Ohio Gov. John Kasich addresses about 500 people at a Lucas County Republican fund-raiser.
Ohio Gov. John Kasich talked up momentum and gave a shout-out to Toledo Mayor Mike Bell during a speech to some 500 guests at the Lucas County Republican Party’s Lincoln Day dinner on Thursday.
Ohio Gov. John Kasich speaks during the Lucas County Republican Party Lincoln Day Dinner. He touted his plans to accept federal funds to expand Medicaid eligibility for about 400,000 uninsured Ohioans.
“When you lose that momentum, you don’t move forward,” the Republican governor said in the Premier banquet hall on Heatherdowns Boulevard in South Toledo. Recalling his previous Lincoln Day appearance in 2009 as a candidate, Mr. Kasich said, “The last time I was here there was not this kind of momentum. There was a kind of a pall over the place.”
He said Lucas County Republican Party Chairman Jon Stainbrook deserved credit and invited a round of applause. Tickets for the event, which raises money for the county GOP, were $50 per person.
Among the attendees was Mayor Bell, formerly a Democrat and now an independent, and a candidate for election to a second, four-year term.
PHOTO GALLERY: Kasich speaks at Lincoln Day Dinner
Mr. Bell and Mr. Kasich have been close since the Toledo mayor endorsed Governor Kasich’s ill-fated effort in 2011 to weaken public-employee bargaining rights in Ohio. Mr. Bell said he is an independent because he thinks the answer is “somewhere in the middle.” He said he attended a Democratic event on Saturday.
During his speech, Mr. Kasich gave a shout-out, not exactly an endorsement, to Mayor Bell, whom he called “my buddy.”
“I’ll tell you somebody who sticks up for the public good and puts his neck on the line — Mayor Bell. And his opponent holds a news conference outside a fire station,” Mr. Kasich said, apparently referring to Democratic mayoral candidate Joe McNamara, a city councilman, who kicked off his campaign in front of a historic firehouse in North Toledo. Mr. Bell is a former Toledo fire chief.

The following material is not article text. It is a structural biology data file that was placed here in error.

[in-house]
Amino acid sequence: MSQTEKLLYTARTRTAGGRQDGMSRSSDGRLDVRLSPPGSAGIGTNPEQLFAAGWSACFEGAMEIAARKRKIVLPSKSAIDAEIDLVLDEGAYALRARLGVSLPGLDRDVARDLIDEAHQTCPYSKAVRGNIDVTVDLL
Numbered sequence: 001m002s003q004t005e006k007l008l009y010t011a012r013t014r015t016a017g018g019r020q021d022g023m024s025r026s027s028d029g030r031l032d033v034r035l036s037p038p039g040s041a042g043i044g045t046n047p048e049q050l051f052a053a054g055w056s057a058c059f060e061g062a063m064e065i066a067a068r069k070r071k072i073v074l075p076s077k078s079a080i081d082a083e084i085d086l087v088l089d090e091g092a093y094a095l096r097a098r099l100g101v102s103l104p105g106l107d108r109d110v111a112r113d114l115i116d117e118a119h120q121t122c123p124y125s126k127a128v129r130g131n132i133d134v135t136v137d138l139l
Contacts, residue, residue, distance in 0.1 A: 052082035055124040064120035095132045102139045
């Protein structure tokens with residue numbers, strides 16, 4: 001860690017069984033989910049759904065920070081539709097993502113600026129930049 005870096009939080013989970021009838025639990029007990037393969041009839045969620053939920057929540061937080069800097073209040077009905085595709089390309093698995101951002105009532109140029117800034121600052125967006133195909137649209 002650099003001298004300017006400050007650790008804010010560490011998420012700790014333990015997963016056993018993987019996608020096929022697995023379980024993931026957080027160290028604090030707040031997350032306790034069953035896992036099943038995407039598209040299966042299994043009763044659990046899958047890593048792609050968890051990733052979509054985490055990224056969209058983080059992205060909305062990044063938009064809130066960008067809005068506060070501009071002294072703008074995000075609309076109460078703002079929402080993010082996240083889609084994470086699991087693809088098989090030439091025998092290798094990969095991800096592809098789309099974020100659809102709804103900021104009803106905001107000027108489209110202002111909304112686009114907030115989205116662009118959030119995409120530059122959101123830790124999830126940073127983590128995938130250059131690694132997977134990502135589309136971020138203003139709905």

Sitting at the head table was Theresa Gabriel, a former city official who is considering running for mayor as a Republican.
Mr. Bell said he supports the governor’s budget plan and the Medicaid expansion.
“I actually am largely supportive of it because I think there will be some benefits to northwest Ohio. We have to come up with creative ways of doing things,” Mr. Bell said. “We can’t do it by raising taxes and so I think he’s trying to be creative, I think he’s thinking outside of the box. At this particular time in history, that’s sort of what you have to do.”
The two of them met briefly before the dinner to have “general conversation — nothing too specific,” Mr. Bell said.
Mr. Kasich touted his plan to accept federal funds to pay for Medicaid eligibility for an estimated 400,000 Ohioans who are currently not enrolled in health insurance as the right thing to do for people who need help.
He told stories of seeing people living under bridges or being in jail for behavior that more appropriately should be treated as mental illness.
“We’re going to be able to cover the working poor, cover people who have mental illness, cover people with these addictions,” Mr. Kasich said. “Who cares? I do. The good book says you don’t ignore the least among you. You ignore the least among you and you’re not following the giant message of the good book.”
The speech covered many of the points he made in trying to sell his $63.3 billion budget plan to the Ohio General Assembly two nights earlier in the State of the State speech in Lima.
“Taxes are too high. If I go to Kmart to buy socks — I do that sometimes — I pay taxes on that. But if I go to see a lawyer I don’t pay taxes on that,” Mr. Kasich said, alluding to his plan to expand the base of services covered by the sales tax to raise additional revenue. “We are now broadening the base to include a number of services.”
Though Mr. Kasich has portrayed the services that will be newly taxed as typically affecting more affluent Ohioans, Democrats say many of those services, such as laundry and entertainment, are used by lower and middle-income people as well.
Anita Lopez, the Democratic Lucas County auditor and a likely candidate for mayor of Toledo, is expected to give a local Democratic response today to the governor’s budget proposals. Ms. Lopez and Democratic Lucas County Treasurer Wade Kapszukiewicz will comment on “the governor’s scheme to pass one of the largest middle-class tax increases in Ohio’s history in order to finance a handout for the super-wealthy, all while failing to support schools and local governments,” said Jerid Kurtz, a spokesman for the Ohio Democratic Party.
Contact Tom Troy at: firstname.lastname@example.org or 419-724-6058.
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